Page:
Future research will focus on which bugs lead to poo transplants not working. For instance, work by our group suggests the Fusobacterium group of bacteria is one to watch.
And other studies suggest certain viruses that infect bacteria (bacteriophages) could play a key role in the effectiveness of poo transplants.
We also need to keep in mind both "good" and "bad" bugs may differ according to the disease.
Poo transplants can also lead to generally mild side-effects like wind, cramps and constipation. There are also reports of patients with inflammatory bowel diseases worsening after therapy but this was found to be marginal and it's unclear if the therapy itself was the cause.
What we still don't know
There are many aspects of poo transplants we need to study in more detail. We still don't know:
- how many transplants are needed per treatment
- the best delivery method
- how long the effects last
- the long-term safety
- the best mixture of bugs to transplant (and what they do).
All these factors also depend on the type of medical condition being treated.
For instance, a recent meta-analysis (analysis of a combination of earlier studies) shows ulcerative colitis symptoms improved with a greater number of transplants and when these transplants were given through a lower route.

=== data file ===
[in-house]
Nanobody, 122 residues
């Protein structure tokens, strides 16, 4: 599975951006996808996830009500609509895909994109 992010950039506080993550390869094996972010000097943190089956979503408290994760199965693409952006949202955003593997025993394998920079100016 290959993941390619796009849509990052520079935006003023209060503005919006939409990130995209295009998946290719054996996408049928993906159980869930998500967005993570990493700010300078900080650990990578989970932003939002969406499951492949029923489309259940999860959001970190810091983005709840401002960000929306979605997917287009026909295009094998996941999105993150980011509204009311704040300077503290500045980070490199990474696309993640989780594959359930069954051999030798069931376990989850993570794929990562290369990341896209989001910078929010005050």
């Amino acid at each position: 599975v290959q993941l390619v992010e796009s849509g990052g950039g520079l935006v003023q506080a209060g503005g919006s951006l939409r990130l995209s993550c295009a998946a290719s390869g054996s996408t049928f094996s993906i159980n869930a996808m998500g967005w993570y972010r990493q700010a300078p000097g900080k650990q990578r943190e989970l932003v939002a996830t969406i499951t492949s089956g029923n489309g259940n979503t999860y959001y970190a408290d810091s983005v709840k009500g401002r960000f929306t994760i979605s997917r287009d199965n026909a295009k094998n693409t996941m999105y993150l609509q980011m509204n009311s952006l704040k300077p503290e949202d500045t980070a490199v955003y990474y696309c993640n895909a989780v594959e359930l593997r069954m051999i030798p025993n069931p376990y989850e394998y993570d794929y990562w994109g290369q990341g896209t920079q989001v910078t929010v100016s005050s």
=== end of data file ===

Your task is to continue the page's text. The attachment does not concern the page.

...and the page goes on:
We now need to conduct other well-designed controlled studies on the conditions mentioned above as well as other conditions, and update treatment guidelines for the medical community.
In a nutshell
While there is much we don't know about poo transplants, there is growing evidence they can work for certain conditions.
If you're thinking about this type of treatment for yourself or a loved one, consult your GP and gastroenterologist, and only use practitioners experienced in this therapy.
Nadeem O. Kaakoush, Senior research fellow, UNSW and Hazel Mitchell, Professor, School of Biotechnology and Biomolecular Sciences, UNSW
This article was originally published on The Conversation. Read the original article.